As to which one is more natural to consider, this depends on what you are using them for. As indicated by Norbert, one reason that people require the locally convex condition is that this is the condition that is required for the Hahn--Banach theorem to be true; a topological vector space that is not locally convex need not have any non-zero continuous linear forms defined on it.


A locally convex topological vector space need not be metrizable; the second-last example mentioned here is not metrizable. The examples listed here are metrizable (in some cases even normable) vector spaces that are not locally convex.

  • $\begingroup$ +1 Thanks! How do you think about the two possibly different definitions of metric linear spaces? And good morning! (I perhaps need to go back to sleep again.) $\endgroup$ – Tim Feb 26 '12 at 11:22
  • $\begingroup$ @Tim: You’re right: continuity of addition and scalar multiplication does not imply translation invariance. The metric $$d(x,y)=\frac{|x-y|}{1+|x-y|}$$ on $\mathbb{R}$ generates the usual topology, so addition and multiplication are continuous, but it’s not translation invariant. (I’m about to go to bed myself: I do most of my sleeping during the day.) $\endgroup$ – Brian M. Scott Feb 26 '12 at 11:29
  • $\begingroup$ @BrianM.Scott how is that not translation-invariant? $$d(x+z,y+z) = \frac{|(x+z)-(y+z)|}{1+|(x+z)-(y+z)|} = \frac{|x-y|}{1+|x-y|} = d(x,y).$$ But of course it's not locally convex (which I presume is what you meant). $\endgroup$ – kahen Oct 24 '12 at 22:24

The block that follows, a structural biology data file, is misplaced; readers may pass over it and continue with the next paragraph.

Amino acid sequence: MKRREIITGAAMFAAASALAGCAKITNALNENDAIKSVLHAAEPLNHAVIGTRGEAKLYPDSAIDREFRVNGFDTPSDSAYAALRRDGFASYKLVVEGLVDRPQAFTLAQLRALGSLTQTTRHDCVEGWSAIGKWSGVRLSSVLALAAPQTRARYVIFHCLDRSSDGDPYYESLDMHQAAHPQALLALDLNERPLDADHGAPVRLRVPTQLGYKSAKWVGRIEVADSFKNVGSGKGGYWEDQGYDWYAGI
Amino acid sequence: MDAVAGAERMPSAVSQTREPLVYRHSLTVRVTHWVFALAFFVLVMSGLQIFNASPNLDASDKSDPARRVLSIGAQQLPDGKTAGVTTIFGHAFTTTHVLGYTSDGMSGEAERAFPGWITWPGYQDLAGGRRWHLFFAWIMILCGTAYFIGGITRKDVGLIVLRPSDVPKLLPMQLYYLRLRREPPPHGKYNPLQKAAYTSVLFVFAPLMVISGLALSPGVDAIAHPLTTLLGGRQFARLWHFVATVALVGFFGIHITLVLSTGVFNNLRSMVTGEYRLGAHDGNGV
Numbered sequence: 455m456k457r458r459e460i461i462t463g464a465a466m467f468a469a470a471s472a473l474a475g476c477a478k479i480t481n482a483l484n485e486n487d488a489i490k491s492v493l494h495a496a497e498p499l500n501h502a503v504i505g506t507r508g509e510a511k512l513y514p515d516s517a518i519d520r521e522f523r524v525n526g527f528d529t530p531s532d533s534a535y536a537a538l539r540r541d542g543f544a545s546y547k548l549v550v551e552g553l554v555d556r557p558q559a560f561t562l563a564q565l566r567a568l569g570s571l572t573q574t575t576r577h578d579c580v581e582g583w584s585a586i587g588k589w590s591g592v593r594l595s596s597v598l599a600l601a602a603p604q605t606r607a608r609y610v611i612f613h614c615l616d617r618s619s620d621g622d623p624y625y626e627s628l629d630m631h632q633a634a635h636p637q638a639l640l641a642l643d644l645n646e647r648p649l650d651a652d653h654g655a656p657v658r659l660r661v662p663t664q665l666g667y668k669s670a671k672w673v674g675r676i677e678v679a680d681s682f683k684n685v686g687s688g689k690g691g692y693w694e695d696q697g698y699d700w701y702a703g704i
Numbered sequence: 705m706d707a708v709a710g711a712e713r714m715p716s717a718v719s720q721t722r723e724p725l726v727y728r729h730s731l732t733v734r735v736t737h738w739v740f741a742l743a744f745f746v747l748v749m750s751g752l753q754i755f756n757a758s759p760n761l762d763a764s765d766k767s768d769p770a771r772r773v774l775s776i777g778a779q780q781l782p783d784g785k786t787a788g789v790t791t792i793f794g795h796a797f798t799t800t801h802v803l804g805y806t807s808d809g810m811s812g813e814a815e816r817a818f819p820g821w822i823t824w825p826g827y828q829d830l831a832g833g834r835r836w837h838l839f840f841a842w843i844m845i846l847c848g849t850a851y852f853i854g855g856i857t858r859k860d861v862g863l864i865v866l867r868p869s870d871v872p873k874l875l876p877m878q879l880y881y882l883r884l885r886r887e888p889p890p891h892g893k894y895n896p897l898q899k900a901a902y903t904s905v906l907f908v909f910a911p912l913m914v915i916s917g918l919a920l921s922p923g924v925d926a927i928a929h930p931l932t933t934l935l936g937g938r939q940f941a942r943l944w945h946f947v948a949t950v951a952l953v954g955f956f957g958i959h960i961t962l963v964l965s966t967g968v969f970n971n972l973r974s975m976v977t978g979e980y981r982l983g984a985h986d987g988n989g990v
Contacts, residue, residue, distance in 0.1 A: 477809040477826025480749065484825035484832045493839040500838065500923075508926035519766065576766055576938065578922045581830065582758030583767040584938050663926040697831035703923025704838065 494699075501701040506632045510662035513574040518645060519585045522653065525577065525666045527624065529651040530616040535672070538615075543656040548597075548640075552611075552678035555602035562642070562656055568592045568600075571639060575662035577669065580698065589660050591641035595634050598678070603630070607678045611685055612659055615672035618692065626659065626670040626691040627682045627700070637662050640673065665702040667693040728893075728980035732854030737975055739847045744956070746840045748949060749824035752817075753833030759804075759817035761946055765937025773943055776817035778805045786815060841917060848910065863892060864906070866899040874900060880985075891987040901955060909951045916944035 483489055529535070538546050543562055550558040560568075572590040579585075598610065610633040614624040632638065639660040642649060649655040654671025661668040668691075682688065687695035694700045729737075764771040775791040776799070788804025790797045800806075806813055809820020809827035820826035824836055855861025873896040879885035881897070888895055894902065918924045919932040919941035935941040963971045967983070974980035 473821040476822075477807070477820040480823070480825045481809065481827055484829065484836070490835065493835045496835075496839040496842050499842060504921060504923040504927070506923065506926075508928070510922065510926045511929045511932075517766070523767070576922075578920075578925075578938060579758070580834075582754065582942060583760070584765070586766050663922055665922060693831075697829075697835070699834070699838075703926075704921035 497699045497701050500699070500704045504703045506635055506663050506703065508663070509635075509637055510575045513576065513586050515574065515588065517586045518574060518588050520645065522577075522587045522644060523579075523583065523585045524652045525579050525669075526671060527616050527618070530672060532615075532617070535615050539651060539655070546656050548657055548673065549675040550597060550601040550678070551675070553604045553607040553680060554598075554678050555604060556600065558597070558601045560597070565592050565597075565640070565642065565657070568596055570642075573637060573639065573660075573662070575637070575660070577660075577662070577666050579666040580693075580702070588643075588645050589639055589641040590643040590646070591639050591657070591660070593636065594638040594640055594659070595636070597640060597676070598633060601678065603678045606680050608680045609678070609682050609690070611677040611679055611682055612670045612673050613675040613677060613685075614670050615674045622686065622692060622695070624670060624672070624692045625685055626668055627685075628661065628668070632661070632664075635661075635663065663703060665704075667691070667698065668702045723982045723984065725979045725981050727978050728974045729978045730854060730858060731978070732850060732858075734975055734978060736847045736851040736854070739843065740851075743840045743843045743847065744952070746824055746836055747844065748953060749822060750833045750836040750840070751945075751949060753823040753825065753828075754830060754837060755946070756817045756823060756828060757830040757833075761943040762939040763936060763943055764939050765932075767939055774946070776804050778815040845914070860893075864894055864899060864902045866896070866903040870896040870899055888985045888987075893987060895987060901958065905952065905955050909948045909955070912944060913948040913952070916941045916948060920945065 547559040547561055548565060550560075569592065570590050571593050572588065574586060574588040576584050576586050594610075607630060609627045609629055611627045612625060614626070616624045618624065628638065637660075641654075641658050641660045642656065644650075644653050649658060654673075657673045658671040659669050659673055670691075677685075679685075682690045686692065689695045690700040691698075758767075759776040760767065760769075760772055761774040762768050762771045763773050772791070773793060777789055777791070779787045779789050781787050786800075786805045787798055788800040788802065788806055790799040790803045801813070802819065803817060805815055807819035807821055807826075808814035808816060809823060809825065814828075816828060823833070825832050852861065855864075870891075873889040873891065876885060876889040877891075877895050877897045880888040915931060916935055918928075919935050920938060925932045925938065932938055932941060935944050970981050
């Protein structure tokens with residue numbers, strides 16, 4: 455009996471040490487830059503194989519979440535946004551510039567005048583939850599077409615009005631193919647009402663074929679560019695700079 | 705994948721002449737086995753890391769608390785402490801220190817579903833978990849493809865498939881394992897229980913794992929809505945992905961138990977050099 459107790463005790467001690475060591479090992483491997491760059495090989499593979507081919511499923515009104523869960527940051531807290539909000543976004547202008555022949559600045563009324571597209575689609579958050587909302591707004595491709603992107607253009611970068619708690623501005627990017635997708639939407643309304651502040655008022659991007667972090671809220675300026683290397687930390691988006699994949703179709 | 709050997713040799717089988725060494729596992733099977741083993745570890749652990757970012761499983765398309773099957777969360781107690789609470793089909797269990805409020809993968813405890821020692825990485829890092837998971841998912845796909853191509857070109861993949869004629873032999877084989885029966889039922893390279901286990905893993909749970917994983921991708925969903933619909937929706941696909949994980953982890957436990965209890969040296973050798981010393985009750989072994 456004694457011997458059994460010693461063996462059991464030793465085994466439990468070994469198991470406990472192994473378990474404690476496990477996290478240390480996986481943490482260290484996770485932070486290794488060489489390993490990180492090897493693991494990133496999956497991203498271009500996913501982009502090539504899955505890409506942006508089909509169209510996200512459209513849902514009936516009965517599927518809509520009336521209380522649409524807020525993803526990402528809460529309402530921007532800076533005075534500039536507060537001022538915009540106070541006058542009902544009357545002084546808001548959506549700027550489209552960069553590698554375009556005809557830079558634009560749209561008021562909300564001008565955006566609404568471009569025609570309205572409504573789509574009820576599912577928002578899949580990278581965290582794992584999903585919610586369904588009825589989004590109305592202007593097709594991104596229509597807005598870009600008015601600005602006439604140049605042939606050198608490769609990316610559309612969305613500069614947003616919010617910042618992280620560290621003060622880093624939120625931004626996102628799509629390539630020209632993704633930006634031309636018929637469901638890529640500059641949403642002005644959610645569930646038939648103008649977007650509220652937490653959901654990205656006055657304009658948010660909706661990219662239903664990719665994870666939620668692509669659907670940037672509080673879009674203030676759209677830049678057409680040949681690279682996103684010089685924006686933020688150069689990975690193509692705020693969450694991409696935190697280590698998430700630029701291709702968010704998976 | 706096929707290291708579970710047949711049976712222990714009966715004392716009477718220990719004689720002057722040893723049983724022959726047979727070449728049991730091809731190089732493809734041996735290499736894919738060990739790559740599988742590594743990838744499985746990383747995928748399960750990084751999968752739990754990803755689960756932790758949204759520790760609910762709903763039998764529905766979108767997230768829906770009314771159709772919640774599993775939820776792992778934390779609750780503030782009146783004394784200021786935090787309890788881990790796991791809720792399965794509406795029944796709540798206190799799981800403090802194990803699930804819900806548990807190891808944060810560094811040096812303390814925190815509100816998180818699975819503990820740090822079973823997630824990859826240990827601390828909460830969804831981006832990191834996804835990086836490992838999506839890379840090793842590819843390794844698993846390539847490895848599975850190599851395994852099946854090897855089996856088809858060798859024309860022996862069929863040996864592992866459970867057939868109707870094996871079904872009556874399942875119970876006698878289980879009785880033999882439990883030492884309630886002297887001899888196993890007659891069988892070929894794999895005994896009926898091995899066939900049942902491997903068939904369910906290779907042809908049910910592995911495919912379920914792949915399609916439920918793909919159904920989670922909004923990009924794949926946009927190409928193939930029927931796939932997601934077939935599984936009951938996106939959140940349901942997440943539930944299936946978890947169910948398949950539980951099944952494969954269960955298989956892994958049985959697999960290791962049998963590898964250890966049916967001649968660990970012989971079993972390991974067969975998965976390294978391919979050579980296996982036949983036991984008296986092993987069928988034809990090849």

• $\begingroup$ @kahen: Or I may have been falling asleep when I wrote that; at this remove in time I honestly don’t remember what I had in mind. $\endgroup$ – Brian M. Scott Oct 24 '12 at 23:13

You can endow linear space with different metrics, which in general won't fit the linear structure of the space. The most natural requirement for the metric on the linear space is to be translation invariant: $$ d(x+z,y+z)=d(x,y) $$ But not every translation invariant metric gives a locally convex topology. You can consider the space of measurable functions on the interval $[0,1]$ with metric defined by $$ d(f,g)=\int_{[0,1]}\frac{|f(x)-g(x)|}{1+|f(x)-g(x)|}d\mu (x) $$ It is not locally convex. Local convexity of the linear space is a very good property which guarantees existence of sufficient family of continuous linear functionals on this linear space.

  • $\begingroup$ +1 Thanks! (1) The definition I saw from this book says a metric linear space is a vector space with a metric, such that addition and scalar multiplication are both continuous wrt the metric. The one you mentioned, i.e. the metric is translation invariant is more stronger than that definition. Isn't it? (2) Do metric linear spaces (with possibly two different definitions) and locally convex TVSes imply each other? $\endgroup$ – Tim Feb 26 '12 at 11:13
  • $\begingroup$ You should take a look at the book of W. Rudins Functional Analysis. It contains a lot of general interesting facts about topological vector spaces. $\endgroup$ – Norbert Feb 26 '12 at 11:33
  • $\begingroup$ Thank you! Does it say about metric linear spaces? $\endgroup$ – Tim Feb 26 '12 at 11:35
  • $\begingroup$ It say about Frechet spaces, which are seems to be the same as yours metric linear spaces. $\endgroup$ – Norbert Feb 26 '12 at 11:50